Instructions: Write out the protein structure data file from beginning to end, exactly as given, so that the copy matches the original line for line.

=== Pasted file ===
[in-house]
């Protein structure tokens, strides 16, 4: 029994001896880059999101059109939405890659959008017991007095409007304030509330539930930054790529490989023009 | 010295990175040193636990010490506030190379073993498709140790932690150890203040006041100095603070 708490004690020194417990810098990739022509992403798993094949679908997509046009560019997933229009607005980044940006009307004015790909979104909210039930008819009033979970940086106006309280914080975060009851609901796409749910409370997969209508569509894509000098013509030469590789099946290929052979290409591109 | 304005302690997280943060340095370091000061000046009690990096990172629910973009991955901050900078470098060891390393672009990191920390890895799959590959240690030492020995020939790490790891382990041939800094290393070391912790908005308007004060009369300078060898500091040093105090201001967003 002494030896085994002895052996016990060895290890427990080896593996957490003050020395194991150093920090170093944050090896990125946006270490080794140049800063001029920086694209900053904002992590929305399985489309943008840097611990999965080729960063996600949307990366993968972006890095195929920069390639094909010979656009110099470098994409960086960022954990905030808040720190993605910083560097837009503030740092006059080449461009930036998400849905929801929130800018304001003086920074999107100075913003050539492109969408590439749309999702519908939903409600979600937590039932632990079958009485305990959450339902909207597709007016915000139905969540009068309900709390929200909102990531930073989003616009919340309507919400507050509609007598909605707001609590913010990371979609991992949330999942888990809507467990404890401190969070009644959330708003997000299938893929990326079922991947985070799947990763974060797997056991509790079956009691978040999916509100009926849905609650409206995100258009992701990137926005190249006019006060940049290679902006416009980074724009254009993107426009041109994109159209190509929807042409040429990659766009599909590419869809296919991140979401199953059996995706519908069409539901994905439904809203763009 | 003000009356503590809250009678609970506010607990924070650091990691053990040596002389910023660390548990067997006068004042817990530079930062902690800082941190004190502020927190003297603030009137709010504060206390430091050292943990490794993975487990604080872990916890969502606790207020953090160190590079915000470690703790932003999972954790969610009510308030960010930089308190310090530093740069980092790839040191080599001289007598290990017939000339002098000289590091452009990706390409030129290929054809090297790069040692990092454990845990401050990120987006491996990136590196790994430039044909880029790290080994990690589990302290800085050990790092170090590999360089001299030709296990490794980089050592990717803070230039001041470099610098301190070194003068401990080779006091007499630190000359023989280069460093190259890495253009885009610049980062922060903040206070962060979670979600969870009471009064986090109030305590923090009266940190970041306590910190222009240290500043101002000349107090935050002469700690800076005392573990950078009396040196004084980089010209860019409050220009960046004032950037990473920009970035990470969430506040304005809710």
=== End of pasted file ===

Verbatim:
[in-house]
């Protein structure tokens, strides 16, 4: 029994001896880059999101059109939405890659959008017991007095409007304030509330539930930054790529490989023009 | 010295990175040193636990010490506030190379073993498709140790932690150890203040006041100095603070 708490004690020194417990810098990739022509992403798993094949679908997509046009560019997933229009607005980044940006009307004015790909979104909210039930008819009033979970940086106006309280914080975060009851609901796409749910409370997969209508569509894509000098013509030469590789099946290929052979290409591109 | 304005302690997280943060340095370091000061000046009690990096990172629910973009991955901050900078470098060891390393672009990191920390890895799959590959240690030492020995020939790490790891382990041939800094290393070391912790908005308007004060009369300078060898500091040093105090201001967003 002494030896085994002895052996016990060895290890427990080896593996957490003050020395194991150093920090170093944050090896990125946006270490080794140049800063001029920086694209900053904002992590929305399985489309943008840097611990999965080729960063996600949307990366993968972006890095195929920069390639094909010979656009110099470098994409960086960022954990905030808040720190993605910083560097837009503030740092006059080449461009930036998400849905929801929130800018304001003086920074999107100075913003050539492109969408590439749309999702519908939903409600979600937590039932632990079958009485305990959450339902909207597709007016915000139905969540009068309900709390929200909102990531930073989003616009919340309507919400507050509609007598909605707001609590913010990371979609991992949330999942888990809507467990404890401190969070009644959330708003997000299938893929990326079922991947985070799947990763974060797997056991509790079956009691978040999916509100009926849905609650409206995100258009992701990137926005190249006019006060940049290679902006416009980074724009254009993107426009041109994109159209190509929807042409040429990659766009599909590419869809296919991140979401199953059996995706519908069409539901994905439904809203763009 | 003000009356503590809250009678609970506010607990924070650091990691053990040596002389910023660390548990067997006068004042817990530079930062902690800082941190004190502020927190003297603030009137709010504060206390430091050292943990490794993975487990604080872990916890969502606790207020953090160190590079915000470690703790932003999972954790969610009510308030960010930089308190310090530093740069980092790839040191080599001289007598290990017939000339002098000289590091452009990706390409030129290929054809090297790069040692990092454990845990401050990120987006491996990136590196790994430039044909880029790290080994990690589990302290800085050990790092170090590999360089001299030709296990490794980089050592990717803070230039001041470099610098301190070194003068401990080779006091007499630190000359023989280069460093190259890495253009885009610049980062922060903040206070962060979670979600969870009471009064986090109030305590923090009266940190970041306590910190222009240290500043101002000349107090935050002469700690800076005392573990950078009396040196004084980089010209860019409050220009960046004032950037990473920009970035990470969430506040304005809710």